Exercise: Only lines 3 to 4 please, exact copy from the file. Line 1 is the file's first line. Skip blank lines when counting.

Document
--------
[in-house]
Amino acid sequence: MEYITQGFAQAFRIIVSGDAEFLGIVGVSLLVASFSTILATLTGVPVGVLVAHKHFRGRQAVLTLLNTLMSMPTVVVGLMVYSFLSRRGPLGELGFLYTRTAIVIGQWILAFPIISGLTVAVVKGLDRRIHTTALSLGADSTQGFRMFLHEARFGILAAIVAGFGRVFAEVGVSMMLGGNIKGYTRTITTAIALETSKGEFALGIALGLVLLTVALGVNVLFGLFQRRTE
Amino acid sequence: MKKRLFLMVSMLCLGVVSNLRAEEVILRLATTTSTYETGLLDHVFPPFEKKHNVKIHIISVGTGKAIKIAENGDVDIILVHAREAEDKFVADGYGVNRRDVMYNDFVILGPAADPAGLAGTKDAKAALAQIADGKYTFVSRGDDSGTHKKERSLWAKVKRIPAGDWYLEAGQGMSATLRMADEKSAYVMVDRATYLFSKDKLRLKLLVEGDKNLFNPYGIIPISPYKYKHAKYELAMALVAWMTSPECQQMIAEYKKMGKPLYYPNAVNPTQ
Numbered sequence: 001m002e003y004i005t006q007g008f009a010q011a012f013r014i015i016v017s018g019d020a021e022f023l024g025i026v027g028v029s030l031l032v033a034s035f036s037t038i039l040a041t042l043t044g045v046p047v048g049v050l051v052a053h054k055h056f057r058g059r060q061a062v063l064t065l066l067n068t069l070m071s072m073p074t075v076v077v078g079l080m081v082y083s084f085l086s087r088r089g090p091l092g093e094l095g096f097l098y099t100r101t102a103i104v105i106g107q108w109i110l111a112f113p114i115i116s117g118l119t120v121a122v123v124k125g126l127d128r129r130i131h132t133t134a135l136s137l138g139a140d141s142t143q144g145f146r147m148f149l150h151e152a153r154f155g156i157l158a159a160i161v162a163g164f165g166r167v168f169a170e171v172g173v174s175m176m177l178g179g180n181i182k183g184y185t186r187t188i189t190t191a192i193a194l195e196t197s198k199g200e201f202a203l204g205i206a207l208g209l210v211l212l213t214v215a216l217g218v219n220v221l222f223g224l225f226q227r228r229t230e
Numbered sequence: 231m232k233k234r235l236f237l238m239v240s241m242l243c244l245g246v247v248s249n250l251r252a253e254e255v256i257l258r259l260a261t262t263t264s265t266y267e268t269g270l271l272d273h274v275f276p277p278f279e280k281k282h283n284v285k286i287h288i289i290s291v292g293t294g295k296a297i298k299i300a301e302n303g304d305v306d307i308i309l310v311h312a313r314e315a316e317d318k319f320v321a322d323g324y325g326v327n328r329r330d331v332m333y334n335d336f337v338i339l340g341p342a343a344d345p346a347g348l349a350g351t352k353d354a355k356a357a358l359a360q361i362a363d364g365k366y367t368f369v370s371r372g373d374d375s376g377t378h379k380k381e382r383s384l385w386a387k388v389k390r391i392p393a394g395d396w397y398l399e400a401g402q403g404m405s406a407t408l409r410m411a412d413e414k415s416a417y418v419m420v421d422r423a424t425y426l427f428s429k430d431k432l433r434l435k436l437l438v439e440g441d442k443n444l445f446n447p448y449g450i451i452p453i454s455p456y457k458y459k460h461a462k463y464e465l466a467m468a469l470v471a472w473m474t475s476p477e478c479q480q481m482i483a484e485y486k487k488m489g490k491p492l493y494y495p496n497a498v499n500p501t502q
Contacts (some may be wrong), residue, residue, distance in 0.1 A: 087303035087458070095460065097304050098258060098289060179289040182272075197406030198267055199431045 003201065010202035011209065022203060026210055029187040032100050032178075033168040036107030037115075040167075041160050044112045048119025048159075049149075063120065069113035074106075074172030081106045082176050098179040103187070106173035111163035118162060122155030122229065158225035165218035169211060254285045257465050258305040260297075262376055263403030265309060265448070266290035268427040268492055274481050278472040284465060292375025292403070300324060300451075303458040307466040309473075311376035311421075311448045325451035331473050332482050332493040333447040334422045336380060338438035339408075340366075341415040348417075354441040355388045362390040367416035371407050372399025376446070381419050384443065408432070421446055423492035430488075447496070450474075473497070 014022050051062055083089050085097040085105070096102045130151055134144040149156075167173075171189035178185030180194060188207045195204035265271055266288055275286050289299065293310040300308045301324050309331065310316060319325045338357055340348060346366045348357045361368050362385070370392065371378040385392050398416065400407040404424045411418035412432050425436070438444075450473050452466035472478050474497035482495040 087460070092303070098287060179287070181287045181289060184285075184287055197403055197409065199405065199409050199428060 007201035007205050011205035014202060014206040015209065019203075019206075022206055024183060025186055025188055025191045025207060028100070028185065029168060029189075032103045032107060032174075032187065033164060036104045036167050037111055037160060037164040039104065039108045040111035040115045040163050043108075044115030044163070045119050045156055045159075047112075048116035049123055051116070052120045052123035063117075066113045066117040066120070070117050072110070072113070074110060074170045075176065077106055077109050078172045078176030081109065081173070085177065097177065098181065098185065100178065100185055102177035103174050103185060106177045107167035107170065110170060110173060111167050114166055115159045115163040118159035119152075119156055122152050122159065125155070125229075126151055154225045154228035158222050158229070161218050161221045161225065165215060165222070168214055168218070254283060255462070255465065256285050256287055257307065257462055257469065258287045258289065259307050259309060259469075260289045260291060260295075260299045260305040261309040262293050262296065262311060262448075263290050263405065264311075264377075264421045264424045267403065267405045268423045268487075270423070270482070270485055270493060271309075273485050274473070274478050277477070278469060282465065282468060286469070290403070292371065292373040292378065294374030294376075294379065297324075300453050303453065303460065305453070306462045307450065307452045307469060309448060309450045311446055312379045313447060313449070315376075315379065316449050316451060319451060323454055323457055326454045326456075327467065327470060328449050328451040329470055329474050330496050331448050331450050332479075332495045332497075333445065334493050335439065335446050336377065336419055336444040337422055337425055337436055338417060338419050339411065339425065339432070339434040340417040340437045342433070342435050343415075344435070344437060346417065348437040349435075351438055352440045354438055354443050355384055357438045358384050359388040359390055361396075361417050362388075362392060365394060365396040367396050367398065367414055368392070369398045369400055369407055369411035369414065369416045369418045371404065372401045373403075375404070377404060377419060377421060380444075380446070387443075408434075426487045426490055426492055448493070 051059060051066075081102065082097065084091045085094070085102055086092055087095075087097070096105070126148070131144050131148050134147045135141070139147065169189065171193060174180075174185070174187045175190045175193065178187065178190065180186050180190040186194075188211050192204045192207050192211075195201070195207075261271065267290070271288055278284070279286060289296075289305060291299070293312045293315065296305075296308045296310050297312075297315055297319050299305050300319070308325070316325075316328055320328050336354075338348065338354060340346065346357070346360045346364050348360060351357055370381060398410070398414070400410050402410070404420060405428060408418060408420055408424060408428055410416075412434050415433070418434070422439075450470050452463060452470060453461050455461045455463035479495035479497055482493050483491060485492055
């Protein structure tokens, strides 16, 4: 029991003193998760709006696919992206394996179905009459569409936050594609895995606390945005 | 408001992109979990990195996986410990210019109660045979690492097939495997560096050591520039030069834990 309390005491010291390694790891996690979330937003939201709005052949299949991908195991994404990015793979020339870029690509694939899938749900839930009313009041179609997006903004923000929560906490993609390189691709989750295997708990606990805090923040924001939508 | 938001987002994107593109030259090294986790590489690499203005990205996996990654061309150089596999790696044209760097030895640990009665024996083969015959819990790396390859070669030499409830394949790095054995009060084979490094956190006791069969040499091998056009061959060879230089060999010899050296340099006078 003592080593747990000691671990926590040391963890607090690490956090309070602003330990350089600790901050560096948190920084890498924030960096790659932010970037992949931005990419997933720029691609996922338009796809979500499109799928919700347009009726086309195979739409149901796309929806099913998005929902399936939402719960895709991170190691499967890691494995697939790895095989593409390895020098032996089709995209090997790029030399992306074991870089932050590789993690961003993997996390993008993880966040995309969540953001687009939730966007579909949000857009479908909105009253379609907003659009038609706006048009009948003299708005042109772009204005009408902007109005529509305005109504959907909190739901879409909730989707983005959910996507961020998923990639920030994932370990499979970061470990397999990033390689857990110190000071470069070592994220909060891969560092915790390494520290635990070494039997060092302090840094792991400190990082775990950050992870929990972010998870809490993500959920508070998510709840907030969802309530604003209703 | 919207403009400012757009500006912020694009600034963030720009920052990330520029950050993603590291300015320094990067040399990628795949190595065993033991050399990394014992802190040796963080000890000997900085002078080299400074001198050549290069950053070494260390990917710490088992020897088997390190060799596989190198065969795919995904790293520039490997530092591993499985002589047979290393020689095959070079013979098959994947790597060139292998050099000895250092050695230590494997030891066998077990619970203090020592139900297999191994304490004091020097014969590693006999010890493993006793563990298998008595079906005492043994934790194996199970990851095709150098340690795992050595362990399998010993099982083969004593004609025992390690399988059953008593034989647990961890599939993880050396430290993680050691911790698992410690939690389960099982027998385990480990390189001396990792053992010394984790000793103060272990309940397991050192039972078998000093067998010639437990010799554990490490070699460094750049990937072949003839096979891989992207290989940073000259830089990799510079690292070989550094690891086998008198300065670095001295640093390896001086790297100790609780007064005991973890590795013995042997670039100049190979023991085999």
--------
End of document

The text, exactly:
Amino acid sequence: MKKRLFLMVSMLCLGVVSNLRAEEVILRLATTTSTYETGLLDHVFPPFEKKHNVKIHIISVGTGKAIKIAENGDVDIILVHAREAEDKFVADGYGVNRRDVMYNDFVILGPAADPAGLAGTKDAKAALAQIADGKYTFVSRGDDSGTHKKERSLWAKVKRIPAGDWYLEAGQGMSATLRMADEKSAYVMVDRATYLFSKDKLRLKLLVEGDKNLFNPYGIIPISPYKYKHAKYELAMALVAWMTSPECQQMIAEYKKMGKPLYYPNAVNPTQ
Numbered sequence: 001m002e003y004i005t006q007g008f009a010q011a012f013r014i015i016v017s018g019d020a021e022f023l024g025i026v027g028v029s030l031l032v033a034s035f036s037t038i039l040a041t042l043t044g045v046p047v048g049v050l051v052a053h054k055h056f057r058g059r060q061a062v063l064t065l066l067n068t069l070m071s072m073p074t075v076v077v078g079l080m081v082y083s084f085l086s087r088r089g090p091l092g093e094l095g096f097l098y099t100r101t102a103i104v105i106g107q108w109i110l111a112f113p114i115i116s117g118l119t120v121a122v123v124k125g126l127d128r129r130i131h132t133t134a135l136s137l138g139a140d141s142t143q144g145f146r147m148f149l150h151e152a153r154f155g156i157l158a159a160i161v162a163g164f165g166r167v168f169a170e171v172g173v174s175m176m177l178g179g180n181i182k183g184y185t186r187t188i189t190t191a192i193a194l195e196t197s198k199g200e201f202a203l204g205i206a207l208g209l210v211l212l213t214v215a216l217g218v219n220v221l222f223g224l225f226q227r228r229t230e